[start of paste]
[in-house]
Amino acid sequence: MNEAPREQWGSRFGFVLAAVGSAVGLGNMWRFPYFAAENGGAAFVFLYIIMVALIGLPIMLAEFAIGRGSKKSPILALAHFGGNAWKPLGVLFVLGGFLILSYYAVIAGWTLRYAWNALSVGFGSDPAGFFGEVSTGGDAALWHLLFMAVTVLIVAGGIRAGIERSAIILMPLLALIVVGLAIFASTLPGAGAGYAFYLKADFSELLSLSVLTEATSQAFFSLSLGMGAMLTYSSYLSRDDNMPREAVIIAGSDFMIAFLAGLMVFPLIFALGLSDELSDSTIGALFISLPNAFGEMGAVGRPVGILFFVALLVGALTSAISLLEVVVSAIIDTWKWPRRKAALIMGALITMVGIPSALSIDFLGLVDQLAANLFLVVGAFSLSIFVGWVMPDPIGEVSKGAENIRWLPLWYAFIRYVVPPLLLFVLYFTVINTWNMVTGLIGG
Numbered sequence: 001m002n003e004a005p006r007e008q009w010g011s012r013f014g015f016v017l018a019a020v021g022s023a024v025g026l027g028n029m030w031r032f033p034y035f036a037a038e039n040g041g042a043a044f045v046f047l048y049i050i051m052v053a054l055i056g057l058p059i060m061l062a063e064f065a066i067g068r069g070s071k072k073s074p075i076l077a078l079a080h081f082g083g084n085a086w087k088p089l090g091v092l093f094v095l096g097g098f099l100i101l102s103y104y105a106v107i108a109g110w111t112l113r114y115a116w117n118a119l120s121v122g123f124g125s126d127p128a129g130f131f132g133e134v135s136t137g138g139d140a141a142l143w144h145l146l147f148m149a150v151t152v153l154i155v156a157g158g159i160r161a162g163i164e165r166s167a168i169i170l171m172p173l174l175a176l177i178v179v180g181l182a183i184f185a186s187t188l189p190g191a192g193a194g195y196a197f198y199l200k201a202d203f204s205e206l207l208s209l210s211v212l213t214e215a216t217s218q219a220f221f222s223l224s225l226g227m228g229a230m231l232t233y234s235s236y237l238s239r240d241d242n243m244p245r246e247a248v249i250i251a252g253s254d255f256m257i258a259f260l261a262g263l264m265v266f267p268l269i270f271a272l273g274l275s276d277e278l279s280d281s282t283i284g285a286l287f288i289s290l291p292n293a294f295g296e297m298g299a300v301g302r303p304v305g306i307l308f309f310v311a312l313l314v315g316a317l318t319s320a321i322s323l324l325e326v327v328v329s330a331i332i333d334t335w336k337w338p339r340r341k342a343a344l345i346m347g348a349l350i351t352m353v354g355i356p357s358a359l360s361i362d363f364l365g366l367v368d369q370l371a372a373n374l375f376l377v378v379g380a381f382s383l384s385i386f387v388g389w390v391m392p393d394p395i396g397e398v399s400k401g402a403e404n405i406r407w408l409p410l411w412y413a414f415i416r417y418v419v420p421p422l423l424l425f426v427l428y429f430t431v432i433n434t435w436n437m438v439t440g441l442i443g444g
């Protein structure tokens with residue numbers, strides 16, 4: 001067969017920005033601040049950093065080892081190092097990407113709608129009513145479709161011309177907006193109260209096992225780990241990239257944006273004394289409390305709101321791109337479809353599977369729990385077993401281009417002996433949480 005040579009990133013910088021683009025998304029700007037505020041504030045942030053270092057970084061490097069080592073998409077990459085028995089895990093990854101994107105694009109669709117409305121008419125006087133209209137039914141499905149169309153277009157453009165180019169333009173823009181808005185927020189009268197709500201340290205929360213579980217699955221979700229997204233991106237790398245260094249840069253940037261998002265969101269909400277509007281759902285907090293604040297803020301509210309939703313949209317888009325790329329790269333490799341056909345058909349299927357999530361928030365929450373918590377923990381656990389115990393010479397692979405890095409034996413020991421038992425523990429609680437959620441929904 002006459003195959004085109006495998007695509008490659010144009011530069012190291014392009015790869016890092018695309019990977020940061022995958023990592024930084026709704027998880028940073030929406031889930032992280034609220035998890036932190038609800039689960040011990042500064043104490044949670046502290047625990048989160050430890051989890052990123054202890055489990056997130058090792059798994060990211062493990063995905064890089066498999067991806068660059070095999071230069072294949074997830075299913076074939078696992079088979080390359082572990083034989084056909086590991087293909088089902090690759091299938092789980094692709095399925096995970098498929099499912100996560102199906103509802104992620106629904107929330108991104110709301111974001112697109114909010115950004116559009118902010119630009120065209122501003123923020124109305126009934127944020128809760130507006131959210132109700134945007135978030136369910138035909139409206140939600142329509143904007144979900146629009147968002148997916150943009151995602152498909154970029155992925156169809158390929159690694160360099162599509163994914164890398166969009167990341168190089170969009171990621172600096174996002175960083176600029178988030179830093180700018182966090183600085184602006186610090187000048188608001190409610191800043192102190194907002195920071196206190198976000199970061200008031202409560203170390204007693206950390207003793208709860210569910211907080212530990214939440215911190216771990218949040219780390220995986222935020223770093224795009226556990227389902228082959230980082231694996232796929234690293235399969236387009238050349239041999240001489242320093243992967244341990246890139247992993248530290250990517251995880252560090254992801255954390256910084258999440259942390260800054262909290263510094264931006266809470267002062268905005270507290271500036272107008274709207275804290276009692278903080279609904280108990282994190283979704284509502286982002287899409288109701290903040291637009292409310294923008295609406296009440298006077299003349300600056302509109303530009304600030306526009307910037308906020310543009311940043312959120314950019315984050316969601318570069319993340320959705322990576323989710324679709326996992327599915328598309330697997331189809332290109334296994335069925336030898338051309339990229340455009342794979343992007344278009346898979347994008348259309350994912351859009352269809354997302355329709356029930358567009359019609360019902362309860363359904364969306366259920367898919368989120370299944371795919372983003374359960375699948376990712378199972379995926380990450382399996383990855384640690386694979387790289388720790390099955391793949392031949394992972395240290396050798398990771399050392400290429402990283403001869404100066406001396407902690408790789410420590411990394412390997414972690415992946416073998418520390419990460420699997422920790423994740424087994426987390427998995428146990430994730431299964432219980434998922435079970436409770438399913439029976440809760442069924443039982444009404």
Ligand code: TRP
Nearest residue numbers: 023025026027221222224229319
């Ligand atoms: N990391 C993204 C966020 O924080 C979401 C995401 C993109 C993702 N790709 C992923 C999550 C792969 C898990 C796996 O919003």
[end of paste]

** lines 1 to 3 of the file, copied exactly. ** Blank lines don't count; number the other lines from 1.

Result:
[in-house]
Amino acid sequence: MNEAPREQWGSRFGFVLAAVGSAVGLGNMWRFPYFAAENGGAAFVFLYIIMVALIGLPIMLAEFAIGRGSKKSPILALAHFGGNAWKPLGVLFVLGGFLILSYYAVIAGWTLRYAWNALSVGFGSDPAGFFGEVSTGGDAALWHLLFMAVTVLIVAGGIRAGIERSAIILMPLLALIVVGLAIFASTLPGAGAGYAFYLKADFSELLSLSVLTEATSQAFFSLSLGMGAMLTYSSYLSRDDNMPREAVIIAGSDFMIAFLAGLMVFPLIFALGLSDELSDSTIGALFISLPNAFGEMGAVGRPVGILFFVALLVGALTSAISLLEVVVSAIIDTWKWPRRKAALIMGALITMVGIPSALSIDFLGLVDQLAANLFLVVGAFSLSIFVGWVMPDPIGEVSKGAENIRWLPLWYAFIRYVVPPLLLFVLYFTVINTWNMVTGLIGG
Numbered sequence: 001m002n003e004a005p006r007e008q009w010g011s012r013f014g015f016v017l018a019a020v021g022s023a024v025g026l027g028n029m030w031r032f033p034y035f036a037a038e039n040g041g042a043a044f045v046f047l048y049i050i051m052v053a054l055i056g057l058p059i060m061l062a063e064f065a066i067g068r069g070s071k072k073s074p075i076l077a078l079a080h081f082g083g084n085a086w087k088p089l090g091v092l093f094v095l096g097g098f099l100i101l102s103y104y105a106v107i108a109g110w111t112l113r114y115a116w117n118a119l120s121v122g123f124g125s126d127p128a129g130f131f132g133e134v135s136t137g138g139d140a141a142l143w144h145l146l147f148m149a150v151t152v153l154i155v156a157g158g159i160r161a162g163i164e165r166s167a168i169i170l171m172p173l174l175a176l177i178v179v180g181l182a183i184f185a186s187t188l189p190g191a192g193a194g195y196a197f198y199l200k201a202d203f204s205e206l207l208s209l210s211v212l213t214e215a216t217s218q219a220f221f222s223l224s225l226g227m228g229a230m231l232t233y234s235s236y237l238s239r240d241d242n243m244p245r246e247a248v249i250i251a252g253s254d255f256m257i258a259f260l261a262g263l264m265v266f267p268l269i270f271a272l273g274l275s276d277e278l279s280d281s282t283i284g285a286l287f288i289s290l291p292n293a294f295g296e297m298g299a300v301g302r303p304v305g306i307l308f309f310v311a312l313l314v315g316a317l318t319s320a321i322s323l324l325e326v327v328v329s330a331i332i333d334t335w336k337w338p339r340r341k342a343a344l345i346m347g348a349l350i351t352m353v354g355i356p357s358a359l360s361i362d363f364l365g366l367v368d369q370l371a372a373n374l375f376l377v378v379g380a381f382s383l384s385i386f387v388g389w390v391m392p393d394p395i396g397e398v399s400k401g402a403e404n405i406r407w408l409p410l411w412y413a414f415i416r417y418v419v420p421p422l423l424l425f426v427l428y429f430t431v432i433n434t435w436n437m438v439t440g441l442i443g444g